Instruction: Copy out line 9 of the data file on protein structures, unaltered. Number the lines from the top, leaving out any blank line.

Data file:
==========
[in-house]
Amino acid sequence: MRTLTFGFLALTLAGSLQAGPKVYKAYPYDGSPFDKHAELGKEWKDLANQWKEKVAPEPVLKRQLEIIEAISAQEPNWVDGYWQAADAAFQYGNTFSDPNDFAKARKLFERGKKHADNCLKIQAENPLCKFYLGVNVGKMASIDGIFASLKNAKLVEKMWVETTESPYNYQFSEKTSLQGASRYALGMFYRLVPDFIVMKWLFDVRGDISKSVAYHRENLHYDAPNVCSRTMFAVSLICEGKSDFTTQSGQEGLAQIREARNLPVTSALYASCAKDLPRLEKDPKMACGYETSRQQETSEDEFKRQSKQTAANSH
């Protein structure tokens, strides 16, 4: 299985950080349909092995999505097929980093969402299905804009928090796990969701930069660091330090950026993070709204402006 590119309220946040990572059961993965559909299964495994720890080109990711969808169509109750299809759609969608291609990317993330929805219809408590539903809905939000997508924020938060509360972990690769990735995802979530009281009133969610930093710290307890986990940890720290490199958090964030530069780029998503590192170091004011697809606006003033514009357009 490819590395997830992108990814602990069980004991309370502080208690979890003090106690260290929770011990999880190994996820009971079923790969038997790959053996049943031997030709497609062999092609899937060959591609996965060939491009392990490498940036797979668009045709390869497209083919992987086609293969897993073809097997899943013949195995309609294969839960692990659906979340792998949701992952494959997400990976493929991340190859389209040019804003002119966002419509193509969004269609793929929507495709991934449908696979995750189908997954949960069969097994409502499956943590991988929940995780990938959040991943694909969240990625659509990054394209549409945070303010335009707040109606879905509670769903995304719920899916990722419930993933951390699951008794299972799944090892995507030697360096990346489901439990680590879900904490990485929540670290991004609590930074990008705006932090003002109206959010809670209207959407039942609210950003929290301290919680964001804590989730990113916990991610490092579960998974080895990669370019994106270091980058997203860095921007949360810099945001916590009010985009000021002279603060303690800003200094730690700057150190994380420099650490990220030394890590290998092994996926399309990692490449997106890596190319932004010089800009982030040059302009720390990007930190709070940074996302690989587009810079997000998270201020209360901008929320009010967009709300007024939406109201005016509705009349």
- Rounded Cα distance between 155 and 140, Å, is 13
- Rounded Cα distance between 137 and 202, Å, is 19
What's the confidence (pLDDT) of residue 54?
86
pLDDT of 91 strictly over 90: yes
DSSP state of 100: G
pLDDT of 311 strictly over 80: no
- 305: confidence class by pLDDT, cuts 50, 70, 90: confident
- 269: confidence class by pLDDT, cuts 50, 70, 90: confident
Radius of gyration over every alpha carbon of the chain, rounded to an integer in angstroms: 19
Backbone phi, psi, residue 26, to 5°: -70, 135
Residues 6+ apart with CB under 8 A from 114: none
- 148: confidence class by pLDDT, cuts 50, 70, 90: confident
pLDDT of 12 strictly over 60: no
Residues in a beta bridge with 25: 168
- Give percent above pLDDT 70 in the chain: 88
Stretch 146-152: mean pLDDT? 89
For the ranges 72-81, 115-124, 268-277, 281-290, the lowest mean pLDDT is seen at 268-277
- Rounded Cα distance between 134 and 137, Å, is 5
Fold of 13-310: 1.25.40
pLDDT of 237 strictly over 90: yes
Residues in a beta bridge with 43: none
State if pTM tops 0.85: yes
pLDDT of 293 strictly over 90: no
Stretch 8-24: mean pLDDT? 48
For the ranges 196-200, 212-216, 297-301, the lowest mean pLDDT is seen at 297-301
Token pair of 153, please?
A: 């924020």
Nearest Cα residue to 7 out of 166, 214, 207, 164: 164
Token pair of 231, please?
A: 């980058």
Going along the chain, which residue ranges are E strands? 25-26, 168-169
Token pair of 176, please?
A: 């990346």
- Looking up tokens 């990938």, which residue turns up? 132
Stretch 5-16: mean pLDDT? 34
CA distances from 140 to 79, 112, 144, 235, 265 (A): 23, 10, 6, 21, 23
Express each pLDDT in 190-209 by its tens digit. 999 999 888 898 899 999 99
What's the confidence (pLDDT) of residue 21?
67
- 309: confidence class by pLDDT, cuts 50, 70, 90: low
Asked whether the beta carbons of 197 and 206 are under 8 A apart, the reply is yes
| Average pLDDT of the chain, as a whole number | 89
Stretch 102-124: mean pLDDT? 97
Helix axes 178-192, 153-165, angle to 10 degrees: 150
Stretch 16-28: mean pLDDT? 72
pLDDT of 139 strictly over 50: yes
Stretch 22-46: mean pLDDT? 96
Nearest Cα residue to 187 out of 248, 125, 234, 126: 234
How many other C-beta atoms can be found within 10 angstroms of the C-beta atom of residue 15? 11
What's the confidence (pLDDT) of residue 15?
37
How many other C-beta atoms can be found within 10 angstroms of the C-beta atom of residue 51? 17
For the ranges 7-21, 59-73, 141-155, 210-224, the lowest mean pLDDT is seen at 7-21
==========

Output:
DSSP state of 100: G